Medvedev fended off two break points before holding for a 4-3 lead, but he gifted a relentless Tsitsipas a break point when he left a ball which landed in, and an errant backhand left him 5-4 down.

Powerful sixth seed Tsitsipas jumped for joy after serving out a match in which he won 89 per cent of points behind his first serve. 

Roger Federer blamed "first-round hiccups" for the loss to Dominic Thiem that leaves him at risk of an early exit from the ATP Finals.

Austrian Thiem completed a hat-trick of wins over the 20-time grand slam champion in 2019 with a 7-5 7-5 victory on the opening day in London.

Federer now faces a tough task to advance from Group Bjorn Borg, which also contains Novak Djokovic and Matteo Berrettini.

The 38-year-old committed 30 unenforced errors and won 11 of 22 points on his second serve in an uneven showing at the O2 Arena on Sunday.

"I thought he played well. The start definitely didn't help. That put me on the back foot a little bit," Federer said.

"But I recovered well and I thought the match was pretty even for a long period of time. I felt I had my chances. Didn't feel like I was outplayed or anything.

"Just maybe those first-round hiccups a little bit, not hitting your spots on the serve when you need to, getting into trouble early in the service games, which maybe doesn't happen later in the tournament."

Federer won the last of his six ATP Finals titles in 2011 and will have to be at his best to stay in contention for a seventh.

"It's a normal tournament from here on forward. I'm not allowed to lose anymore," the Swiss star said.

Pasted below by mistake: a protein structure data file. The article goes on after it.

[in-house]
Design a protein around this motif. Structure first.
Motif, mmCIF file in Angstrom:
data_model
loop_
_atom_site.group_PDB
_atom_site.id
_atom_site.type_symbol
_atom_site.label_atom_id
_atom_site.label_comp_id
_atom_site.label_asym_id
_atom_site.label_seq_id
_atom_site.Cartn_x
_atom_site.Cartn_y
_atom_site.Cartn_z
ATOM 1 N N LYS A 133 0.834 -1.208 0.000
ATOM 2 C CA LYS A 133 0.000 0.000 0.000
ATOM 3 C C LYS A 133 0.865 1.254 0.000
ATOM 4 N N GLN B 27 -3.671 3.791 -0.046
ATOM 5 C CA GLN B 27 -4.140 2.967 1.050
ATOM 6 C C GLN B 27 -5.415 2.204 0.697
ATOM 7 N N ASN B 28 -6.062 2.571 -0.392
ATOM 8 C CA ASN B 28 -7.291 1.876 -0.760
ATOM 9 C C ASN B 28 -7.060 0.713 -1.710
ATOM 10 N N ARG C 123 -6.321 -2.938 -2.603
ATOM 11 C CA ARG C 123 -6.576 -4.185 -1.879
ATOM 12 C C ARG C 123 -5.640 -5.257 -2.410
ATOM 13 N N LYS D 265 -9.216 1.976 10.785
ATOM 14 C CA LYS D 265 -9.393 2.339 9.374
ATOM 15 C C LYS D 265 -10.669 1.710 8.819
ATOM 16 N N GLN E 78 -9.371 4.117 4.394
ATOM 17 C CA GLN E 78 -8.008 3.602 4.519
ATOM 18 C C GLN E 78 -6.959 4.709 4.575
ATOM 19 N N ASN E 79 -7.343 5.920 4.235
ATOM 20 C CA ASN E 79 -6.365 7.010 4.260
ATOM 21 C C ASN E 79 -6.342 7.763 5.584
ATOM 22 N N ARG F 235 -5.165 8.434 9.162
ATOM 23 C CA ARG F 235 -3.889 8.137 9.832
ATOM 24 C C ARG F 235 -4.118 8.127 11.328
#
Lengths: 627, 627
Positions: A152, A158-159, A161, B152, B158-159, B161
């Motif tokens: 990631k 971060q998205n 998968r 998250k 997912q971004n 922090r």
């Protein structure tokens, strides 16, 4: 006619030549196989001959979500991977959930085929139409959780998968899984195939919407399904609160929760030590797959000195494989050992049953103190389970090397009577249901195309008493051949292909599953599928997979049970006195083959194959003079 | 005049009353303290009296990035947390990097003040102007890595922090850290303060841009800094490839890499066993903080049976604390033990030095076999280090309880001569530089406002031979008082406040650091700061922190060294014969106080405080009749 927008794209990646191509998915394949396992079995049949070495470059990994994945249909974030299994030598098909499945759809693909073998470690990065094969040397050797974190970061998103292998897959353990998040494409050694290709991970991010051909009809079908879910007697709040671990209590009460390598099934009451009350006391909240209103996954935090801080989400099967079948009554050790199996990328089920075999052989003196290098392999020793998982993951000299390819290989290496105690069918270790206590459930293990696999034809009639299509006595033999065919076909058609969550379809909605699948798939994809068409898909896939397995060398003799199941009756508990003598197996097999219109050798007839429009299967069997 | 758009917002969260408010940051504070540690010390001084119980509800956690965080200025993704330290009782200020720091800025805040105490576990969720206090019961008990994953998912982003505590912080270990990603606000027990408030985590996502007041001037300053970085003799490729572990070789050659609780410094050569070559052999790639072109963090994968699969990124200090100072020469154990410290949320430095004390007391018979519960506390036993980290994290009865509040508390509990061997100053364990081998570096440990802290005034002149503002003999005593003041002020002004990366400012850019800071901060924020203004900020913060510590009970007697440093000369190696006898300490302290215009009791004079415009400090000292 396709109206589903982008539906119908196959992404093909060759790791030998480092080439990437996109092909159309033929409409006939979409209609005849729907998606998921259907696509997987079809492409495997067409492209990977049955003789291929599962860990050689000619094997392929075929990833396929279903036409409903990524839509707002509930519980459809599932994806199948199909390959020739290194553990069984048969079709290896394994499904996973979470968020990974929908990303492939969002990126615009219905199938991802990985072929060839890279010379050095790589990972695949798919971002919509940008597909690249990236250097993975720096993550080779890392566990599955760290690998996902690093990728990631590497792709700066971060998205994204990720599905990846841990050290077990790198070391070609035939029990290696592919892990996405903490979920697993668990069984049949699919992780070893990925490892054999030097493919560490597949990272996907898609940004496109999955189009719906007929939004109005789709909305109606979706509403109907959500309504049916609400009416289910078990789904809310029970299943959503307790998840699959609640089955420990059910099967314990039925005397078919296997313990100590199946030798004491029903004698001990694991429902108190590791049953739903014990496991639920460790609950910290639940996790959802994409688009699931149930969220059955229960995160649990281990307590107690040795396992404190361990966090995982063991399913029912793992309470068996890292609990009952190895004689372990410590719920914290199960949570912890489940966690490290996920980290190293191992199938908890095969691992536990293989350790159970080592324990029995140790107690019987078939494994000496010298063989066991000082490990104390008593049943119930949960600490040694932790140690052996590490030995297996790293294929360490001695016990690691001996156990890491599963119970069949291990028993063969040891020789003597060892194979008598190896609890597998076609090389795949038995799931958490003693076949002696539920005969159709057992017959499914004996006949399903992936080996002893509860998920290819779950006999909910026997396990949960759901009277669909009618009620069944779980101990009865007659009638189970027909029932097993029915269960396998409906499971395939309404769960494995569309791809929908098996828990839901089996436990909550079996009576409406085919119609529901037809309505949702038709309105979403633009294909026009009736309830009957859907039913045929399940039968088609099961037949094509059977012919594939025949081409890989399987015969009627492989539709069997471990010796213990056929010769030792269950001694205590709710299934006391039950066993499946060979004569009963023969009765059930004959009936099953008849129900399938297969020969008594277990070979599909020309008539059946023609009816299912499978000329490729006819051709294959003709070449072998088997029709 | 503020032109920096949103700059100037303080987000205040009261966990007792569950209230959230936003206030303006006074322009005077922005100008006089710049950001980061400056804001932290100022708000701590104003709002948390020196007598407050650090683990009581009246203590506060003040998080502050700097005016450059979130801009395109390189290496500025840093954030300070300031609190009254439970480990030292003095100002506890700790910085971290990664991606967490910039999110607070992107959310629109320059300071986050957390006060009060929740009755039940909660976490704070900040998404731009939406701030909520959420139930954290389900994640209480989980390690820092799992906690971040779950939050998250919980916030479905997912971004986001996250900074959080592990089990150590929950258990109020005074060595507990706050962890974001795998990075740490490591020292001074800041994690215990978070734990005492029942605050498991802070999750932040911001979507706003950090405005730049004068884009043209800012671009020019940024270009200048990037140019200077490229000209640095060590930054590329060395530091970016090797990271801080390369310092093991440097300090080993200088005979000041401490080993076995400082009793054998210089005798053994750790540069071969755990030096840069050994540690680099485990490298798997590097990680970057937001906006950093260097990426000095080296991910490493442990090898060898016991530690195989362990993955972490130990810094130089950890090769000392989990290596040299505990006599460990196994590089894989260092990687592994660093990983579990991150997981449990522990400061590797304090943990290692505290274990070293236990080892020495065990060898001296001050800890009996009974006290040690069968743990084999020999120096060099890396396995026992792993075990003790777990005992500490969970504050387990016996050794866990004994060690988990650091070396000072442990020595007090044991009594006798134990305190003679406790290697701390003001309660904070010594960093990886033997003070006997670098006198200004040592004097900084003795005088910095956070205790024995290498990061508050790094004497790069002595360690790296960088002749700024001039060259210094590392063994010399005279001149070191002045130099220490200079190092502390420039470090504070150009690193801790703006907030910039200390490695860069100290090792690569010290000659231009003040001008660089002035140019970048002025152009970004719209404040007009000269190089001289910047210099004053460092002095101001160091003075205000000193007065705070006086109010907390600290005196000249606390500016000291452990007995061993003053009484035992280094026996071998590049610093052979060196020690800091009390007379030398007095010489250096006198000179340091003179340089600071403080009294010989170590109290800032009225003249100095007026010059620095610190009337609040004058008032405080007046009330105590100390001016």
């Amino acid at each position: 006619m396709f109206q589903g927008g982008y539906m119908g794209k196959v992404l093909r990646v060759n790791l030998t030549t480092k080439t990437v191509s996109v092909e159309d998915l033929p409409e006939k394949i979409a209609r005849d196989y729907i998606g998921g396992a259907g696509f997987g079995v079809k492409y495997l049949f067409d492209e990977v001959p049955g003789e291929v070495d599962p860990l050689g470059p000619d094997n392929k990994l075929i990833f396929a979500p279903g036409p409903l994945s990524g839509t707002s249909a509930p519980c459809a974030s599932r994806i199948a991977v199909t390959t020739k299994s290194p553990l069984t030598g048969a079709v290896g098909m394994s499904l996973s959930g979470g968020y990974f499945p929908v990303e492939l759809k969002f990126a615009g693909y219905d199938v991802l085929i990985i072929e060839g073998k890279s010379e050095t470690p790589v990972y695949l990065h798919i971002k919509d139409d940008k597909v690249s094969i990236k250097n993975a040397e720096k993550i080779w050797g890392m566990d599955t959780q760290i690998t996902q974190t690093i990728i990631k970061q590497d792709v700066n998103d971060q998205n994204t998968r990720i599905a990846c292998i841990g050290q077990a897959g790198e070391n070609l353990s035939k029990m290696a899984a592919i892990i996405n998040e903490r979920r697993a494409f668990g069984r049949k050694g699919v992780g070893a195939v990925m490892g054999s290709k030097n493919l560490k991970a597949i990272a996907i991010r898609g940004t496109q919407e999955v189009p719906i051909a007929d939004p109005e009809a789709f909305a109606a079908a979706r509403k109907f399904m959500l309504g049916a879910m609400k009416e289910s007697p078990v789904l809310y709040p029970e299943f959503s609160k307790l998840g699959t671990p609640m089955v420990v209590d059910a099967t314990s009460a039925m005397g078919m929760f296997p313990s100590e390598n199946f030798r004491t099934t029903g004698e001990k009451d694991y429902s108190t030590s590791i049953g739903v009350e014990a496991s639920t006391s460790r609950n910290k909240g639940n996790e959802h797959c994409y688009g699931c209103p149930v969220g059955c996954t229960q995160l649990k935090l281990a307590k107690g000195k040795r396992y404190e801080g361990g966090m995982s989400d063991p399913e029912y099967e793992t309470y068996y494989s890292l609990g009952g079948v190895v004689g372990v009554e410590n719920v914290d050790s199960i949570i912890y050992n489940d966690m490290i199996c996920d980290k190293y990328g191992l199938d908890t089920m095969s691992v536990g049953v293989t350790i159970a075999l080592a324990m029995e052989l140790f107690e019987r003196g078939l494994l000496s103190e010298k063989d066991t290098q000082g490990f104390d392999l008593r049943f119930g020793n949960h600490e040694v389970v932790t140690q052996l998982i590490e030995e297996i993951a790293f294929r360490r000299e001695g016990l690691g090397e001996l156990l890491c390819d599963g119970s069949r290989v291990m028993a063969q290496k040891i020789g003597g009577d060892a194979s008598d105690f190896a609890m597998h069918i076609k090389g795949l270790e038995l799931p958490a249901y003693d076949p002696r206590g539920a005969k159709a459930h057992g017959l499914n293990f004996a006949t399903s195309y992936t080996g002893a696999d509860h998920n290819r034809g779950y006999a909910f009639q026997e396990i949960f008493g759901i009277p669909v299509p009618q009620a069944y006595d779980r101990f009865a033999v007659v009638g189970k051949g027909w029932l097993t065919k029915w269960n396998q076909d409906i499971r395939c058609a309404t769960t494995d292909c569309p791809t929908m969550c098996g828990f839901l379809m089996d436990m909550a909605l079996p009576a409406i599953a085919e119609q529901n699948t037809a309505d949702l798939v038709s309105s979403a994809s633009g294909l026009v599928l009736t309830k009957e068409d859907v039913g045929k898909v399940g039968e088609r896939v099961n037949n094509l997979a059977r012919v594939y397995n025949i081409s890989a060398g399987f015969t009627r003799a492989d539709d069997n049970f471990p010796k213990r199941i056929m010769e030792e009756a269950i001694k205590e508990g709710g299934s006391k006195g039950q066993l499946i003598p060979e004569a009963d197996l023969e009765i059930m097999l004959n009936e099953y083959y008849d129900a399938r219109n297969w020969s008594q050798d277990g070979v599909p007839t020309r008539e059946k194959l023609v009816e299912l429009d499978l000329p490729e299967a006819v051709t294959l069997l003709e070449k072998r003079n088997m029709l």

"That's how it is every week of the year for the past 20 years, so from that standpoint there is nothing new."

Both players are back in action on Tuesday as Federer faces tournament debutant Berrettini, who was no match for a dominant Djokovic.

The manner of the Serbian's 6-2 6-1 triumph and the tight schedule gives Thiem little time to savour his fifth career win over "probably the best player of all time".

"The system is pretty brutal, I would say, because I had an amazing victory," he said.

"I'm feeling great. I'm feeling now that I have a good chance to reach the semis, but if I lose on Tuesday, for example, everything is completely open again and I [would] have to worry about everything on the next match on Thursday.

"The only thing I can do is rest well [on Monday], practice well, and be fully focused again on Tuesday."

Dominic Thiem continued his dominance of Roger Federer this year with a straight-sets victory on the opening day of the ATP Finals.

Thiem had beaten the 20-time grand slam champion twice this season and completed the hat-trick with a 7-5 7-5 victory at the O2 Arena on Sunday.

The fifth-seeded Thiem has not reached the semi-finals in his three previous appearances in London, but made a confident start after Novak Djokovic beat Matteo Berrettini in the opening Group Bjorn Borg match.

Thiem served and returned superbly, improving his record against Federer to five victories and two defeats as he bids to end a fruitful 2019 by claiming a sixth title of the year.

Federer dominated the robin-round encounter between the two in this tournament last year, but was a break down after firing a forehand into the tramlines in the opening game.

The Austrian was pegged back at 2-2 when Federer forced an error with a ferocious backhand, yet the six-time champion was unable to cut out the errors and trailed 6-5 after Thiem pounced on his second serve.

Thiem served out the set with great composure and both players had a packed crowd purring as they showed their athleticism with classy winners at the net early in the second.

Federer fizzed a majestic backhand winner down the line and saved a break point before levelling at 2-2, while Thiem continued to pepper his veteran opponent with powerful, accurate ground strokes.

Thiem drew gasps with a scorching one-handed backhand winner and broke to love to lead 6-5 when Federer netted after a blistering return was arrowed at his feet.

Federer went down with a fight, but the third seed was beaten when he dumped a backhand into the net after seeing two points to get back on serve come and go.